Black-Eyed Susan Day
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Canada is known for its international sporting heroes, including Gilles and Jacques Villeneuve in auto racing, Mike Weir in golf, Elvis Stojko in figure skating, and of course Wayne Gretzky in hockey. In horse racing, jockey Sandy Hawley has elevated himself to legendary status, from his exploits in both his native country and the United States. Together with Toronto Sun sportswriter Perry Lefko, Hawley reflects on a truly amazing career in Ride of a Lifetime.
In a very riveting text, Hawley talks about growing up in his native Oshawa, Ontario, a city famous in racing circles as the birthplace of Northern Dancer. He wanted to be a professional athlete in a number of team sports including baseball and hockey, but because of his size, pursuing those sports as a career would be impossible. Eventually, he found his way to Woodbine Racetrack to work in the stables and the rest is history. Riding alongside his idol, the late Avelino Gomez, Hawley mastered the skills needed to be a successful jockey. He smashed the single season record for wins, as well as set records on his home circuit including nine wins in the Canadian Oaks (now called the Woodbine Oaks) and a record-tying four in the Queen's Plate. Having conquered Canada, he moved his tack to Southern California to take on such superstars as Bill Shoemaker and Laffit Pincay Jr. He more than held his own, continuing to set records and earning an Eclipse Award for champion jockey in North America in the process. He was also awarded the Lou Marsh Trophy for Canada's top athlete twice and received the Order of Canada. In a riding career that spanned 32 years, he won 6,449 times with his mounts earning over $88 million.
However, with all this success on the track life off the track was far from perfect. Two failed marriages, caused by constantly being away from home for extended periods, along with tax problems, drained his income. Difficulties with his agent contracts threatened to slow down or stop his career early on. But a momentary lapse in judgment, frequenting tanning salons in Minnesota while he was riding at Canterbury Park, almost killed him. He contracted malignant melanoma and doctors did not expect him to live. Frequent surgeries to remove tumors kept him off the track for months, but he was determined to survive. Experimental treatments from an oncologist in California proved successful and Hawley beat the disease. He finished out his career on his terms, on Canada Day in 1998, and was hired on by Woodbine to work in public relations and as a television host, where he has performed admirably.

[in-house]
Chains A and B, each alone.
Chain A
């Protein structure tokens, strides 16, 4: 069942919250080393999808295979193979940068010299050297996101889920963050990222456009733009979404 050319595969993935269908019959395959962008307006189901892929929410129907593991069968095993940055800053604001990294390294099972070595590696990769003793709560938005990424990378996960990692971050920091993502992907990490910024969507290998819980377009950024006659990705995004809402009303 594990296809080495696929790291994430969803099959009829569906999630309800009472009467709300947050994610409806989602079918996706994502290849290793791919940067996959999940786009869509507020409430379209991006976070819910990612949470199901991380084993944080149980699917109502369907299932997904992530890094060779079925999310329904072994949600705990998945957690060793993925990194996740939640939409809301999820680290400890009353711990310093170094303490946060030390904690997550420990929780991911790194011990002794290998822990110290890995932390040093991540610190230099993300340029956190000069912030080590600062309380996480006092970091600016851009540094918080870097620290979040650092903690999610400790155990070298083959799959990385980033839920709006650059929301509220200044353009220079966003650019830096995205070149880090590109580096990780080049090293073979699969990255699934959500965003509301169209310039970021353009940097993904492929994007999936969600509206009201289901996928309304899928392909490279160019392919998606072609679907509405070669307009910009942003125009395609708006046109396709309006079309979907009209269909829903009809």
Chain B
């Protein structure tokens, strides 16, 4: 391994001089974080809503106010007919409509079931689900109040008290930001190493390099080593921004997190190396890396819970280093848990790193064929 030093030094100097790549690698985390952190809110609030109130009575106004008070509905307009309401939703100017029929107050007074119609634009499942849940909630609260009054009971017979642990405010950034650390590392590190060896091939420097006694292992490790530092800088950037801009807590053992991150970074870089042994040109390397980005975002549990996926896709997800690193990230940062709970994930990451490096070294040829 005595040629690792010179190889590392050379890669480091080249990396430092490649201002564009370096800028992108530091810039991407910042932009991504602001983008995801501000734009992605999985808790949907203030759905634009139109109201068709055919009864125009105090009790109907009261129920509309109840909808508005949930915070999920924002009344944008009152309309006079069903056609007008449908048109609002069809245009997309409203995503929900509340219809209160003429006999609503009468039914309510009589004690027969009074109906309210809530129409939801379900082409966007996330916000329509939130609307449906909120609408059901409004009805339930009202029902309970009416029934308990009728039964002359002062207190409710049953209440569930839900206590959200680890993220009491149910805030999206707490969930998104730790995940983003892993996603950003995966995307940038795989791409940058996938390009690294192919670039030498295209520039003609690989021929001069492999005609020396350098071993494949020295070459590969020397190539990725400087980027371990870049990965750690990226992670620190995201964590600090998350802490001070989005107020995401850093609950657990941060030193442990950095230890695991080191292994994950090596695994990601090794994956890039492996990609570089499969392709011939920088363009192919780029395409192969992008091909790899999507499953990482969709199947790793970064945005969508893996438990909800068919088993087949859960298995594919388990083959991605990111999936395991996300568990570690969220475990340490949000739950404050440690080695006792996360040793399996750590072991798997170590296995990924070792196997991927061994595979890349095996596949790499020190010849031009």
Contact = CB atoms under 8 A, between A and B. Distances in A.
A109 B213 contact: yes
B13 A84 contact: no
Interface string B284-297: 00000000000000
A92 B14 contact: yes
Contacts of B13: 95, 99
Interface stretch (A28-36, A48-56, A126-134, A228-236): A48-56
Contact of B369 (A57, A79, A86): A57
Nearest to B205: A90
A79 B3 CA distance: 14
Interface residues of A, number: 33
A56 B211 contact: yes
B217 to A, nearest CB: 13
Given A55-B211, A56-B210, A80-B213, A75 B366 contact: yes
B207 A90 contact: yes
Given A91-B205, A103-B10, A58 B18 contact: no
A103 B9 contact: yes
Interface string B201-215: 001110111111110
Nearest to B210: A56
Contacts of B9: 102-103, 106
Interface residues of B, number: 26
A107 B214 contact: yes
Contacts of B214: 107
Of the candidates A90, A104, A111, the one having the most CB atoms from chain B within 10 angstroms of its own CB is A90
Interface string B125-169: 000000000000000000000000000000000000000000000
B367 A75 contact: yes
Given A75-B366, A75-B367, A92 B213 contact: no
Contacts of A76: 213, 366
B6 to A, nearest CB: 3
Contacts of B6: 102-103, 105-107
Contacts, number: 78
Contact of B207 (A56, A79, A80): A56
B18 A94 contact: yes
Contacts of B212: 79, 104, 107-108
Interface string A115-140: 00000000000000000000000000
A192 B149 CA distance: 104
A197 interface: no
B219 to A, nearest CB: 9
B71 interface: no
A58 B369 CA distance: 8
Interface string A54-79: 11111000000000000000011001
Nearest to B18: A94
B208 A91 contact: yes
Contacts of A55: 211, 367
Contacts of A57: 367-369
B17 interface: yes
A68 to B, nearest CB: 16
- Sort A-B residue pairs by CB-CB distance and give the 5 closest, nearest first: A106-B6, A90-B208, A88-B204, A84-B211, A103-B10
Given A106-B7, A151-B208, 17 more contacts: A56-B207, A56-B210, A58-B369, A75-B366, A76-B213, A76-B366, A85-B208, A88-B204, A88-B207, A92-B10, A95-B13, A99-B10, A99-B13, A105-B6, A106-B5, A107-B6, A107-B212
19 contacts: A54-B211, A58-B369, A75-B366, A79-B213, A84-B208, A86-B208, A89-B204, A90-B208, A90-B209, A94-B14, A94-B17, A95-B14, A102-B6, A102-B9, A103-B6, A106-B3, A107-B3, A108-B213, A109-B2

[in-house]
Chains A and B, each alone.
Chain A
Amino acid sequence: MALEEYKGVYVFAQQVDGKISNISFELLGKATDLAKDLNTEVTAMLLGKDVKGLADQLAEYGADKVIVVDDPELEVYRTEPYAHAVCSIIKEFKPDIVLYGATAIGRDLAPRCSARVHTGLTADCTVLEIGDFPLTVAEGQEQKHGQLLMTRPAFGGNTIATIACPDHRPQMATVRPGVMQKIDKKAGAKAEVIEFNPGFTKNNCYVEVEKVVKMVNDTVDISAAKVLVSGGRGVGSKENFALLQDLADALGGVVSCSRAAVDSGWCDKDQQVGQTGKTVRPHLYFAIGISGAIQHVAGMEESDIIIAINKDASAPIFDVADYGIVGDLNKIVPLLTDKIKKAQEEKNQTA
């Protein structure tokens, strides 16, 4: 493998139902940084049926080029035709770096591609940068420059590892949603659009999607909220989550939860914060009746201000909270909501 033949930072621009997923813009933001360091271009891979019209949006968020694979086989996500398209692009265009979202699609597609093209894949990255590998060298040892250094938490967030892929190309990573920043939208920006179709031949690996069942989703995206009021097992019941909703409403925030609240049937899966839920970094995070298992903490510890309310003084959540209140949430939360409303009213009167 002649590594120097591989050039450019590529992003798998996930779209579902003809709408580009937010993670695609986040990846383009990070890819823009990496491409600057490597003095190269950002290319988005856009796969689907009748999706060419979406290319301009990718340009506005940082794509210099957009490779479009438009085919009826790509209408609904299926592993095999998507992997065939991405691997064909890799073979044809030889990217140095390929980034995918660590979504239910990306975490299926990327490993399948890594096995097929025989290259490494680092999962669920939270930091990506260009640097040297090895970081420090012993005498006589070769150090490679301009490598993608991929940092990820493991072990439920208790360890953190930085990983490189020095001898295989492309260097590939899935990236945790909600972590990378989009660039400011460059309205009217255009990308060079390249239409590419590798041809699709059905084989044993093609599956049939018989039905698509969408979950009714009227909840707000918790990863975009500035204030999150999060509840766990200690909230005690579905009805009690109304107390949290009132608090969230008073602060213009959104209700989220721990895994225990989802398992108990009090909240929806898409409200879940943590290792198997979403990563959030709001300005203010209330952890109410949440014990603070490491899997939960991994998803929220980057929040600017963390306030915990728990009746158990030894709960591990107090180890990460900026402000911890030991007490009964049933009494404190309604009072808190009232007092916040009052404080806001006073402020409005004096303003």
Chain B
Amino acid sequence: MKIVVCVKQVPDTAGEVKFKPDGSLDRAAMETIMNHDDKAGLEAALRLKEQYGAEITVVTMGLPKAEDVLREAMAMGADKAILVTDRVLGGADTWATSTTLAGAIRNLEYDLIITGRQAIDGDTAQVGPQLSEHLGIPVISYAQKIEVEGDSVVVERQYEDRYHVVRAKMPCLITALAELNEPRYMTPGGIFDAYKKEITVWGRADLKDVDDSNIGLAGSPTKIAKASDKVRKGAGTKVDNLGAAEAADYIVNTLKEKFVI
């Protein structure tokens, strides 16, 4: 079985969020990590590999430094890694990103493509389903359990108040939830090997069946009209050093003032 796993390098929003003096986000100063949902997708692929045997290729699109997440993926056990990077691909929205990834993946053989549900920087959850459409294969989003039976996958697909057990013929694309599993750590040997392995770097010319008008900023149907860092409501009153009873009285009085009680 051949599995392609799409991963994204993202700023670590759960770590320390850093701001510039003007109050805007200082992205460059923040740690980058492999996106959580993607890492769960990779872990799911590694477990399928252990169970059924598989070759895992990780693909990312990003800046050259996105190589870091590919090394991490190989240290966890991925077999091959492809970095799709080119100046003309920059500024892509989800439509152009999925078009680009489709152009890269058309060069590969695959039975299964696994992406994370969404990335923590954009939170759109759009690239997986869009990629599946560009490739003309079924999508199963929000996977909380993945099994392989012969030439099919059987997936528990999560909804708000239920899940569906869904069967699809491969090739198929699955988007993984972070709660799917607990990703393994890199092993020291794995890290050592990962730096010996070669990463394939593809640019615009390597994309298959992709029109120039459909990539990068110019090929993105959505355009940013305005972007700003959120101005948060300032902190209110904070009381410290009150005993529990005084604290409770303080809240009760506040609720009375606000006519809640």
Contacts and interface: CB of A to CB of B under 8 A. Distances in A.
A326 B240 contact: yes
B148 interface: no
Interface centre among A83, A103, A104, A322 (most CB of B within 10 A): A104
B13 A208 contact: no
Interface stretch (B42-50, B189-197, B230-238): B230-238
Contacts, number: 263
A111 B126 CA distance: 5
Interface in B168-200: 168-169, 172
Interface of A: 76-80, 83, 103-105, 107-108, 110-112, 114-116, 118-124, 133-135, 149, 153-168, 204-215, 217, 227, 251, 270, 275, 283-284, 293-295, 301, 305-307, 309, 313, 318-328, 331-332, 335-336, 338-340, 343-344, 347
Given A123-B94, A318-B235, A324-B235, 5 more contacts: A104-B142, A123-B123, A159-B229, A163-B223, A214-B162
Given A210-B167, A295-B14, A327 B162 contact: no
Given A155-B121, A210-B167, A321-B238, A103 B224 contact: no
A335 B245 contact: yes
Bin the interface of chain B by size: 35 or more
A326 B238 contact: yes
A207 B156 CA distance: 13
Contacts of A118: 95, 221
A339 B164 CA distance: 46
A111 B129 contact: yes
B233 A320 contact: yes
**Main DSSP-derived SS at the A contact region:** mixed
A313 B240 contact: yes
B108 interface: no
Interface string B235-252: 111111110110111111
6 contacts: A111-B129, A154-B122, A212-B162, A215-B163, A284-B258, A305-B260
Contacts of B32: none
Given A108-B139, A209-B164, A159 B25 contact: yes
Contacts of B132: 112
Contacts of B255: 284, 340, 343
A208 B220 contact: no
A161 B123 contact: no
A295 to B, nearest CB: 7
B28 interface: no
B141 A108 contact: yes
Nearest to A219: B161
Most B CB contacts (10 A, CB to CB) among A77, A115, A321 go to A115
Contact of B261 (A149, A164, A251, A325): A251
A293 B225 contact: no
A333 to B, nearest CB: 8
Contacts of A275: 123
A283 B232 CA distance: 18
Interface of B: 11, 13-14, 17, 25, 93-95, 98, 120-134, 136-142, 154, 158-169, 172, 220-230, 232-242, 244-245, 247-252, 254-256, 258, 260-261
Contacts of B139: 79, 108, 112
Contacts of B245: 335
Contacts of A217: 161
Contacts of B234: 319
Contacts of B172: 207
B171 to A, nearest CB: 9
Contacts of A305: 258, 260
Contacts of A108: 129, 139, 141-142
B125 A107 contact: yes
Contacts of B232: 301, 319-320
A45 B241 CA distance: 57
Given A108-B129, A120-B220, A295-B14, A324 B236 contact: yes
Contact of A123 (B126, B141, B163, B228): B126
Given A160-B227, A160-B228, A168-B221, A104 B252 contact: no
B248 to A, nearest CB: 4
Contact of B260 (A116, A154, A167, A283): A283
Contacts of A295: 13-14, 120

The well-written text is interspersed with interview quotes by some of the important people in Hawley's life, including his father Des, his long-time agent Colin Wick, fellow jockeys Laffit Pincay Jr, and Chris McCarron, his first wife Sherrie, and his current wife Lisa. Their words demonstrate how much he was loved and respected in the racing community, and still is to this day.
Sandy Hawley had a reputation as "the gentleman jockey," and through his autobiography you see that this title is most fitting. Despite many successes, he never seems to be bragging about his accomplishments. He always sounds humbled by his "ride of a lifetime", always crediting the many people who helped make him into a champion. This is an excellent book about a man who is not only one of racing's greatest riders, but also one of the sport's greatest ambassadors.
Rice of a Lifetime has a list price of $34.95 and is available from Amazon.ca for $23.42.
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